A hearty “Yah!” and a crack of the bullwhip today in salute to the great Hollywood actor Ward Bond (1903-1960).
Raised in Nebraska and Colorado, Bond was a star of the USC football team, which is how, along with lifelong friend and fellow USC football alum John Wayne, he was cast in John Ford’s 1929 football movie Salute. Both Bond and Wayne would come to be key members of Ford’s stock company, but not for a decade. Both men were also in Raoul Walsh’s The Big Trail (1930), also foreshadowing their later careers. Before the sun set, Bond had 274 screen credits to his name.
Throughout the ’30s, Bond was a highly prized bit player, normally cast as cops, cowboys, sailors and football players and coaches. He was brawny guy — he usually played rough characters who had a brain in their head (not lummoxes like Nat Pendleton would play). He was usually the cabbie who rolls his eyes, or the traffic cop who says, “A likely story!” Consequently, his early work included many comedies. You can see him in Wheeler and Woolsey’s football comedy Hold ‘Em, Jail (1932), Professor Beware (1938) with Harold Lloyd, Buck Benny Rides Again (1940) with Jack Benny, and three Joe E. Brown pictures: Son of a Sailor (1933), 6 Day Bike Rider (1934), and The Circus Clown (1934, in which he had a hilarious turn as an unimpressed guy in the audience). Frank Capra used him in Lady for a Day (1933), It Happened One Night (1934), Broadway Bill (1934), You Can’t Take It With You (1938), It’s a Wonderful Life (1946) and Riding High (1950).
Howard Hawks cast Bond in Bringing Up Baby (1938), Sgt. York (1941), and Rio Bravo (1959). Other classics he appeared in include Dodge City (1939), both versions of Frontier Marshall (1934 and 1939), Gone with the Wind (1939), Santa Fe Trail (1940), The Maltese Falcon (1941), Gentleman Jim (1942), Joan of Arc (1948), The Time of Your Life (1948), Hondo (1953), and Johnny Guitar (1954), among dozens of others.
Starting in 1939, Bond began working regularly with Ford, who gave him some of his most memorable and best roles. The pictures they made together included Young Mr. Lincoln (1939), Drums Along the Mohawk (1939), The Grapes of Wrath (1939), The Long Voyage Home (1940), Tobacco Road (1941), They Were Expendable (1945), My Darling Clementine (1946), The Fugitive (1947), Fort Apache (1948), Three Godfathers (1948), Wagon Master (1950), The Quiet Man (1952), The Long Gray Line (1955), Mister Roberts (1955), and The Searchers (1956), this last being easily one of his most memorable.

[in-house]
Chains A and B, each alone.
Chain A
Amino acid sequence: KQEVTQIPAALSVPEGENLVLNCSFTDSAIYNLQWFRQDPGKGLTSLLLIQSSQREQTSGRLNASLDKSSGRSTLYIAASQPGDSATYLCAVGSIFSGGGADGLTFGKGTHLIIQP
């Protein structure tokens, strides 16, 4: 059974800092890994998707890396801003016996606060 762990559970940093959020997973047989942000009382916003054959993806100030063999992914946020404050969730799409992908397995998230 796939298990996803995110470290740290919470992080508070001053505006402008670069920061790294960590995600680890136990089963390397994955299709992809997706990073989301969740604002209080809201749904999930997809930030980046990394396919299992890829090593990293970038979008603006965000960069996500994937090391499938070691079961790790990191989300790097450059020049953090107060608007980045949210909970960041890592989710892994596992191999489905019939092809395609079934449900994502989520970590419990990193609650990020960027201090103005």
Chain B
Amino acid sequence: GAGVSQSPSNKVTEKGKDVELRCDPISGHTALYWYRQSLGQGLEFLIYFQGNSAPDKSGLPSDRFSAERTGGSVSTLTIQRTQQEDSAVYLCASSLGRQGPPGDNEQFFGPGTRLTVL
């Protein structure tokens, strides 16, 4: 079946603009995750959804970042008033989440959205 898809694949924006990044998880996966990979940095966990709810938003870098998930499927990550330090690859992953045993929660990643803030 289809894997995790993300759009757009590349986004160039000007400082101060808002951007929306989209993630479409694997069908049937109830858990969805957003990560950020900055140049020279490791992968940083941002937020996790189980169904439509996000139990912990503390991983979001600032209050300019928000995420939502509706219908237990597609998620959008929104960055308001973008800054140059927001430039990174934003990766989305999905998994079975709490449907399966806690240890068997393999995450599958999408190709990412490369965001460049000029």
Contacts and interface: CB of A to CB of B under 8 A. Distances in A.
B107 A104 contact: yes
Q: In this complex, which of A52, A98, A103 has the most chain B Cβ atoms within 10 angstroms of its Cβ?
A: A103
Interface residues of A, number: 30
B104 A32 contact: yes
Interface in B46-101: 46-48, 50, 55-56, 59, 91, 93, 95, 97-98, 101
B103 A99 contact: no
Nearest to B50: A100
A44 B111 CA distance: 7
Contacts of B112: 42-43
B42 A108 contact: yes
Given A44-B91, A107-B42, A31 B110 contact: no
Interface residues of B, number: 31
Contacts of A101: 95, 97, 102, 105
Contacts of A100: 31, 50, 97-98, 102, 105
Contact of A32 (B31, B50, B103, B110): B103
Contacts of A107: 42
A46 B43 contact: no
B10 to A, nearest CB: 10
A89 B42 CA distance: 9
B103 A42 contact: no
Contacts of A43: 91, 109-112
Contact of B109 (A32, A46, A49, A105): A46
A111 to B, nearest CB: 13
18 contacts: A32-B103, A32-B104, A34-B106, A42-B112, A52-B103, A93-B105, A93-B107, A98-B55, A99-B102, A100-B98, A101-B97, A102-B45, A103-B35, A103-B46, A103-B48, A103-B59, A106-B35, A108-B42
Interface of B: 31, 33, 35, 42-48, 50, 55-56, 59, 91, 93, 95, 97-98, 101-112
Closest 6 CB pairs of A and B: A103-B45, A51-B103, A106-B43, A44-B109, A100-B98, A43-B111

The Searchers was Bond’s last movie with Ford because the following year he moved on to the TV series Wagon Train, largely based on Ford’s film Wagon Master. And this is where I’ll need to impress upon younger people the significance of that popular show, which they’re liable to write off as just some other tv western from before their time. A more accurate formulation would be “one of the most successful and longest running tv westerns of all time”, running behind (perhaps) only behind Gunsmoke and Bonanza in importance.
Wagon Train ran from 1957 through 1965 (eight seasons), and — no exaggeration — EVERYBODY guest starred on this show. There’s no point in listing them, it’s easily a hundred or two of the top stars from the first 2/3 of the 20th century. Wagon Train was very much a precursor to The Love Boat and Fantasy Island in that regard. I just did a search — there are nearly 50 references to the show on Travalanche already, and I only occasionally see fit to mention it among people’s credits. The format of a slow voyage across the American wilderness was conducive to plots featuring characters who transiently moved in and out of the setting. Because the story platform was in motion, the main characters constantly encountered new people. And, because the titular wagon train never seemed to arrive, there is also an Absurdist element. It’s a bit like Gilligan’s Island, a fact that was not lost on Sherwood Schwartz, who later modeled a new sitcom on it, Dusty’s Trail, starring Bob Denver.
Bond starred on the show as the taciturn, no-nonsense wagon master Major Seth Adams. He died of a heart attack at the young age of 57 halfway through the show’s run, and was later replaced by fellow western character actor John Mcintire. Robert Fuller (later of Emergency!) was also on the show. There are episodes on Youtube — I heartily recommend it!